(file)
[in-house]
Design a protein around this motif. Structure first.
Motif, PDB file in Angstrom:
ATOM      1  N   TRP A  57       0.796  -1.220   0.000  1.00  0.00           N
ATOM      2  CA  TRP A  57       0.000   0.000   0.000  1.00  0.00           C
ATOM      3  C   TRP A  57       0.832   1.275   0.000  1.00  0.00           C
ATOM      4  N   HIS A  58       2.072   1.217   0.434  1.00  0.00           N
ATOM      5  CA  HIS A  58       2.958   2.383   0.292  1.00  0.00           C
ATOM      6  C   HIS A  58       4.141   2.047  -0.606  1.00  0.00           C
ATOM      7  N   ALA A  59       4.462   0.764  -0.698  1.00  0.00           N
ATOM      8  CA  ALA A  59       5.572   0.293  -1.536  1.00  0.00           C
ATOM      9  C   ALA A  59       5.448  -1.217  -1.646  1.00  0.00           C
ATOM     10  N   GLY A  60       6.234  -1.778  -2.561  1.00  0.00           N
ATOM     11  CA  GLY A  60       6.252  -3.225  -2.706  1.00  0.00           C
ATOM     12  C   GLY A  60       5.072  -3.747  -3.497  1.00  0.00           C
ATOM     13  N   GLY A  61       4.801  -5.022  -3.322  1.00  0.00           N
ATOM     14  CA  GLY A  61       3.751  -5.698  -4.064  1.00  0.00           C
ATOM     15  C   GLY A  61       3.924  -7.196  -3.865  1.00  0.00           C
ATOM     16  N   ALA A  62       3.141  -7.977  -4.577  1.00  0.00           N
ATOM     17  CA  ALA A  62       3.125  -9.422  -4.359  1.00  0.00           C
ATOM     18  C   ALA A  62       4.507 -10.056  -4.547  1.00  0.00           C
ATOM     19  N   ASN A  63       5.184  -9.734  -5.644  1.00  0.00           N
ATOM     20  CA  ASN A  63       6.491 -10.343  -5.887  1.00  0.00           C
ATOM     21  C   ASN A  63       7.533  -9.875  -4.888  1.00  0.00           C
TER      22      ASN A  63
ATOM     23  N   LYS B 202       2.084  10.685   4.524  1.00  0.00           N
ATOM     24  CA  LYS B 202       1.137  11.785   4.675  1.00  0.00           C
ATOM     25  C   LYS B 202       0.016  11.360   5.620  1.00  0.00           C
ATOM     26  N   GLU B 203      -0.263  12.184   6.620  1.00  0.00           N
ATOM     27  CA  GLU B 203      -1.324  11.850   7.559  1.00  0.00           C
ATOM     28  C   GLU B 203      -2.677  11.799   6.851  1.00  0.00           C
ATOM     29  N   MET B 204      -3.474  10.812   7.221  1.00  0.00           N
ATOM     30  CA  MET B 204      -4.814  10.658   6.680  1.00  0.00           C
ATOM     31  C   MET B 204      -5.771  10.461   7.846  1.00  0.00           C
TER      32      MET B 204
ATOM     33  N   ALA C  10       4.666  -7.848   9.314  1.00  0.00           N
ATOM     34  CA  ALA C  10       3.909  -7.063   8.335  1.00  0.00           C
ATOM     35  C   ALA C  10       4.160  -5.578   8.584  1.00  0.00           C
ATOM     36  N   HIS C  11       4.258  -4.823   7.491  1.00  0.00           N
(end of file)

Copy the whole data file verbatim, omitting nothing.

[in-house]
Design a protein around this motif. Structure first.
Motif, PDB file in Angstrom:
ATOM      1  N   TRP A  57       0.796  -1.220   0.000  1.00  0.00           N
ATOM      2  CA  TRP A  57       0.000   0.000   0.000  1.00  0.00           C
ATOM      3  C   TRP A  57       0.832   1.275   0.000  1.00  0.00           C
ATOM      4  N   HIS A  58       2.072   1.217   0.434  1.00  0.00           N
ATOM      5  CA  HIS A  58       2.958   2.383   0.292  1.00  0.00           C
ATOM      6  C   HIS A  58       4.141   2.047  -0.606  1.00  0.00           C
ATOM      7  N   ALA A  59       4.462   0.764  -0.698  1.00  0.00           N
ATOM      8  CA  ALA A  59       5.572   0.293  -1.536  1.00  0.00           C
ATOM      9  C   ALA A  59       5.448  -1.217  -1.646  1.00  0.00           C
ATOM     10  N   GLY A  60       6.234  -1.778  -2.561  1.00  0.00           N
ATOM     11  CA  GLY A  60       6.252  -3.225  -2.706  1.00  0.00           C
ATOM     12  C   GLY A  60       5.072  -3.747  -3.497  1.00  0.00           C
ATOM     13  N   GLY A  61       4.801  -5.022  -3.322  1.00  0.00           N
ATOM     14  CA  GLY A  61       3.751  -5.698  -4.064  1.00  0.00           C
ATOM     15  C   GLY A  61       3.924  -7.196  -3.865  1.00  0.00           C
ATOM     16  N   ALA A  62       3.141  -7.977  -4.577  1.00  0.00           N
ATOM     17  CA  ALA A  62       3.125  -9.422  -4.359  1.00  0.00           C
ATOM     18  C   ALA A  62       4.507 -10.056  -4.547  1.00  0.00           C
ATOM     19  N   ASN A  63       5.184  -9.734  -5.644  1.00  0.00           N
ATOM     20  CA  ASN A  63       6.491 -10.343  -5.887  1.00  0.00           C
ATOM     21  C   ASN A  63       7.533  -9.875  -4.888  1.00  0.00           C
TER      22      ASN A  63
ATOM     23  N   LYS B 202       2.084  10.685   4.524  1.00  0.00           N
ATOM     24  CA  LYS B 202       1.137  11.785   4.675  1.00  0.00           C
ATOM     25  C   LYS B 202       0.016  11.360   5.620  1.00  0.00           C
ATOM     26  N   GLU B 203      -0.263  12.184   6.620  1.00  0.00           N
ATOM     27  CA  GLU B 203      -1.324  11.850   7.559  1.00  0.00           C
ATOM     28  C   GLU B 203      -2.677  11.799   6.851  1.00  0.00           C
ATOM     29  N   MET B 204      -3.474  10.812   7.221  1.00  0.00           N
ATOM     30  CA  MET B 204      -4.814  10.658   6.680  1.00  0.00           C
ATOM     31  C   MET B 204      -5.771  10.461   7.846  1.00  0.00           C
TER      32      MET B 204
ATOM     33  N   ALA C  10       4.666  -7.848   9.314  1.00  0.00           N
ATOM     34  CA  ALA C  10       3.909  -7.063   8.335  1.00  0.00           C
ATOM     35  C   ALA C  10       4.160  -5.578   8.584  1.00  0.00           C
ATOM     36  N   HIS C  11       4.258  -4.823   7.491  1.00  0.00           N